The vehicle featured in this article is a 1950 Willys Station Wagon. The vehicle was rated as a 1/2 ton Wagon and was available in two and four wheel drives.
The First Willys Wagon in 1946
Considering that most station wagons at that time had some authentic wood in their bodies, the prospect of building an all steel station wagon in 1946 made a lot of business sense.
By building an all steel wagon as a passenger vehicle, Willys-Overland was able to mass produce the station wagon very efficiently. Not working with wood on the body saved considerable production time. The first Willys Station Wagon in 1946 was a 463 model and it was powered with a flathead four engine.
The vehicle's designer was Brooks Stevens. In 1944 Stevens and other formed the Industrial Designers Society of America. Brooks Stevens not only designed automobiles but also kitchen appliances, architecture and even the Miller Brewing logo.
The Willys Station Wagon was called "The Peoples Car" and could carry seven people. Other claimed attributes for the Willys Wagon included easy maintenance and superior safety. Some refer to the Willys Station Wagon as a Jeep of another name.
By the time 1950 rolled around the Willys Station Wagon had many changes. These changes included some new body designing as well as a new engine. The grille was changed to a V shaped design with five horizontal bars in front. One our photos in this article gives you a good look of it.
The 463, 473 and the 673 Willys
For the 1950 model year, Willys offered three versions of it's station wagon. These were the 463, 473 and 673 models.The 463 and 473 versions came with a 134 cubic inch (Go Devil) engine. The 673 model was built with a 144 cubic inch engine. The 673 overdrive version came with a 148 cubic inch power plant. The 134 and 144 and 148 cubic inch engines were flathead four cylinder. As an option, a Willys F4-134 Hurricane inline-4 was available for the 473's and a Lightning Six was available for the 673's.
These engines were somewhat under powered for their size.
In 1950 Willys also produced a Sedan Delivery version of the Wagon.
1950 Willys Station Wagon Specifications
As mentioned above there were a variety of engines available for the 1950 Willys Station Wagons. Some engines had more power than others but as a whole the Willys Station Wagon was probably underpowered considering the vehicles size and weight.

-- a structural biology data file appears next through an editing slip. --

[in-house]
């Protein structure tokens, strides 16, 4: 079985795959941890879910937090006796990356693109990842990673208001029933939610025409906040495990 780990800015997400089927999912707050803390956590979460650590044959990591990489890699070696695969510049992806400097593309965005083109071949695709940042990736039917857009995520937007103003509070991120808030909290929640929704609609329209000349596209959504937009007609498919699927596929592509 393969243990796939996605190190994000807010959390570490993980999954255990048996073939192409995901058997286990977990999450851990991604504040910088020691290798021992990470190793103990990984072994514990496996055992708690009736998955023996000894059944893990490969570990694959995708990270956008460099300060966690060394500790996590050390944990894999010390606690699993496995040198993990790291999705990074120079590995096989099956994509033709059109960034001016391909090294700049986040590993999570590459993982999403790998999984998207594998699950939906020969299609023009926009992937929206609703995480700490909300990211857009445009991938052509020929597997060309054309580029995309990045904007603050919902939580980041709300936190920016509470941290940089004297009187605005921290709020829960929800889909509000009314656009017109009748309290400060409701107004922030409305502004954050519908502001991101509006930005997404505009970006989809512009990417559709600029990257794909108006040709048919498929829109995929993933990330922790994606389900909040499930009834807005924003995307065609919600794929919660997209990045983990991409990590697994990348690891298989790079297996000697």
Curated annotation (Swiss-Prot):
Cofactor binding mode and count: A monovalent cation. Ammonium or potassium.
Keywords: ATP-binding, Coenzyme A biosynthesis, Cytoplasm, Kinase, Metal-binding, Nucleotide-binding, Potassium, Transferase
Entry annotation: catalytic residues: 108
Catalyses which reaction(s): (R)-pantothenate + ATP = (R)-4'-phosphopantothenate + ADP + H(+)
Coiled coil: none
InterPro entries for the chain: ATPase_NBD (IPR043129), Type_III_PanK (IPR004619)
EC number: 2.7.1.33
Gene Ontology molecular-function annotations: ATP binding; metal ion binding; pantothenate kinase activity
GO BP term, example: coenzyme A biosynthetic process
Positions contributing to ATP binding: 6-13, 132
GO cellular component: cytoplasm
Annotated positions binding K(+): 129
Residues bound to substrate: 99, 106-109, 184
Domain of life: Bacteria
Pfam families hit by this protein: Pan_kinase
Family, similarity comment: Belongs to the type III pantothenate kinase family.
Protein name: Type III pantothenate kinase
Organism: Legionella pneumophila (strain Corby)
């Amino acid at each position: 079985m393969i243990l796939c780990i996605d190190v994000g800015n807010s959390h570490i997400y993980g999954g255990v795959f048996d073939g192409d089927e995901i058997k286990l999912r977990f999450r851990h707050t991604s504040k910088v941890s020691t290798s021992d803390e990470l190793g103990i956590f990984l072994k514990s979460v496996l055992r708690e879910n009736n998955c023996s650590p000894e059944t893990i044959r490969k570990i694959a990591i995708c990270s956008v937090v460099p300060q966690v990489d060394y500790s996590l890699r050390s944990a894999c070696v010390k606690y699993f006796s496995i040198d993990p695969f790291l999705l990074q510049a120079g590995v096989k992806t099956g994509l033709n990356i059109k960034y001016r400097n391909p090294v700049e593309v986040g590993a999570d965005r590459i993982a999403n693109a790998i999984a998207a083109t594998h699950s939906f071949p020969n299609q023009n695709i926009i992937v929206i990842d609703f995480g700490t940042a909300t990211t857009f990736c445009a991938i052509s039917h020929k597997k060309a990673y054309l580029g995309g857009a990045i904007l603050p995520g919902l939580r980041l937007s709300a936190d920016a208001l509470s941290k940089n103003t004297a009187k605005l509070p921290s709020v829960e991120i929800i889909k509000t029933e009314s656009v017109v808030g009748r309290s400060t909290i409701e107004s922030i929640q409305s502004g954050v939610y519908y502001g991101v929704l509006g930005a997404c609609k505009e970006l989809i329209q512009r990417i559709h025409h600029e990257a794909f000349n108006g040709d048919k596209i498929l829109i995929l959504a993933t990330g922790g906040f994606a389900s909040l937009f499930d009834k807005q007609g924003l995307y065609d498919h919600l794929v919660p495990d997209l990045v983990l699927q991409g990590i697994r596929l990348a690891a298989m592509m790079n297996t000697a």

Engines available were a 134 cubic inch, a 144 cubic inch, and a 148 cubic inch. All were straight fours. As an option, a Willys F4-134 Hurricane inline-4 was available for the 473's and a Lightning Six was available for the 673's. Top speeds for these 1950 vehicles were between 105 to 110 MPH depending on engine.
Transmissions included both three and four speeds.
Suspension for the vehicle were front independent coil springs and rear longitudinal leaf springs.
Brakes were Bendix Hydraulic drums.
The dimensions of the 1950 Willys Station Wagon included an overall length of 175.8 inches, a wheelbase of 104.5 inches, a height of 75.2 inches and a width of 72.0 inches. Curb weight was estimated at 3,350 lbs.
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You may also be interested in the Jeep Collector's Library by author Jim Allen from MotorBooks International.
1950 Willys Station Wagons as Collector Automobiles
Willys have been popular collector cars and trucks for a long time. The Willys Jeep can be seen at almost every automobile show you happen to attend. As a side note, the first Jeep MB (Willys MB) was produced in 1941 making it the oldest American off road vehicle. The Jeep is certainly a part of American history. One attribute in addition to the vehicles utility is the ruggedness of it's construction.
The Willys Station Wagon, like the beauty featured in this article, overshadowed other Willys models during it's 1946 to 1964 run. Today they are fine collectible vehicles and they are gaining in popularity. The Station Wagons built by both Willys-Overland and then by Kaiser-Willys have kept that Jeep ruggedness look and therefore are quite unique where Wagons are concerned.
The Willys Station Wagons have good restorability and parts are relatively easy to find. As of this writing, some of the suppliers for Jeep parts including parts for the 1950 Willys Station Wagon include Midwest Jeep Willys, Rockauto.com and The Jeepster Man, Inc.
Willys-Overland built the Willys Wagons (Jeep Wagons) until 1953 when they were acquired by Kaiser.
Asking prices for early 1950's Willys Station Wagons are reasonable. You'll likely see asking prices in the low to high $20,000 range for examples in excellent condition. As of this writing we have seen Willys Wagons offered below and above those figures. Mileage, condition, exact model and originality will determine the asking prices.
(Article and photos copyright 2014 AutoMuseumOnline)